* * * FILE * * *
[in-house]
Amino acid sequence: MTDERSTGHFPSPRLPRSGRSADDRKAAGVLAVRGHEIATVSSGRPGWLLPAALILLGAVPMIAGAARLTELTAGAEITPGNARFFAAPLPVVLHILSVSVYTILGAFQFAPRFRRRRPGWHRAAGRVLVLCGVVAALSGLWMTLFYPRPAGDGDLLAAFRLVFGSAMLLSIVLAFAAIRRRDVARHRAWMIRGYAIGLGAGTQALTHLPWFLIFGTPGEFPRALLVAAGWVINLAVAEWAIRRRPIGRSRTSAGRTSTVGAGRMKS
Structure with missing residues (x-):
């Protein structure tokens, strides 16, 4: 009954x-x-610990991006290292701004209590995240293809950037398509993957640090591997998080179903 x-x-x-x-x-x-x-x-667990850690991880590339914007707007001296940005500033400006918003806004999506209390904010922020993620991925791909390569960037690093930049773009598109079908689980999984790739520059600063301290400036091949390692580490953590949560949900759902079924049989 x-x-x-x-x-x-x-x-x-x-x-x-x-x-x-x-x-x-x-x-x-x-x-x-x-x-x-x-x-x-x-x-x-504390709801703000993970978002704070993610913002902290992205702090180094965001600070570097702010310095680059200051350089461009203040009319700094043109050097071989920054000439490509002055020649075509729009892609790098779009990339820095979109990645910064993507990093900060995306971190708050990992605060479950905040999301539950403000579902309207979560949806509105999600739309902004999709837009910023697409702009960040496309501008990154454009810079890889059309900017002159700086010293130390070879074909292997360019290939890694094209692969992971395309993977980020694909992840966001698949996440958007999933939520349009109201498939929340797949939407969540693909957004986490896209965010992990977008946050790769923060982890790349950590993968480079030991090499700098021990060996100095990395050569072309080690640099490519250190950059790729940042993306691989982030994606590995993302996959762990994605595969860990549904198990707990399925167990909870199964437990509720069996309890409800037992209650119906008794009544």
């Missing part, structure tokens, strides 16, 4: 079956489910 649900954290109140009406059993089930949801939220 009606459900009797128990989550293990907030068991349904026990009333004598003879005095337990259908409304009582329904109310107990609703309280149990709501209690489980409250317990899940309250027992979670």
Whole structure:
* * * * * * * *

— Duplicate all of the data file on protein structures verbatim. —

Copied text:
[in-house]
Amino acid sequence: MTDERSTGHFPSPRLPRSGRSADDRKAAGVLAVRGHEIATVSSGRPGWLLPAALILLGAVPMIAGAARLTELTAGAEITPGNARFFAAPLPVVLHILSVSVYTILGAFQFAPRFRRRRPGWHRAAGRVLVLCGVVAALSGLWMTLFYPRPAGDGDLLAAFRLVFGSAMLLSIVLAFAAIRRRDVARHRAWMIRGYAIGLGAGTQALTHLPWFLIFGTPGEFPRALLVAAGWVINLAVAEWAIRRRPIGRSRTSAGRTSTVGAGRMKS
Structure with missing residues (x-):
């Protein structure tokens, strides 16, 4: 009954x-x-610990991006290292701004209590995240293809950037398509993957640090591997998080179903 x-x-x-x-x-x-x-x-667990850690991880590339914007707007001296940005500033400006918003806004999506209390904010922020993620991925791909390569960037690093930049773009598109079908689980999984790739520059600063301290400036091949390692580490953590949560949900759902079924049989 x-x-x-x-x-x-x-x-x-x-x-x-x-x-x-x-x-x-x-x-x-x-x-x-x-x-x-x-x-x-x-x-x-504390709801703000993970978002704070993610913002902290992205702090180094965001600070570097702010310095680059200051350089461009203040009319700094043109050097071989920054000439490509002055020649075509729009892609790098779009990339820095979109990645910064993507990093900060995306971190708050990992605060479950905040999301539950403000579902309207979560949806509105999600739309902004999709837009910023697409702009960040496309501008990154454009810079890889059309900017002159700086010293130390070879074909292997360019290939890694094209692969992971395309993977980020694909992840966001698949996440958007999933939520349009109201498939929340797949939407969540693909957004986490896209965010992990977008946050790769923060982890790349950590993968480079030991090499700098021990060996100095990395050569072309080690640099490519250190950059790729940042993306691989982030994606590995993302996959762990994605595969860990549904198990707990399925167990909870199964437990509720069996309890409800037992209650119906008794009544």
């Missing part, structure tokens, strides 16, 4: 079956489910 649900954290109140009406059993089930949801939220 009606459900009797128990989550293990907030068991349904026990009333004598003879005095337990259908409304009582329904109310107990609703309280149990709501209690489980409250317990899940309250027992979670």
Whole structure: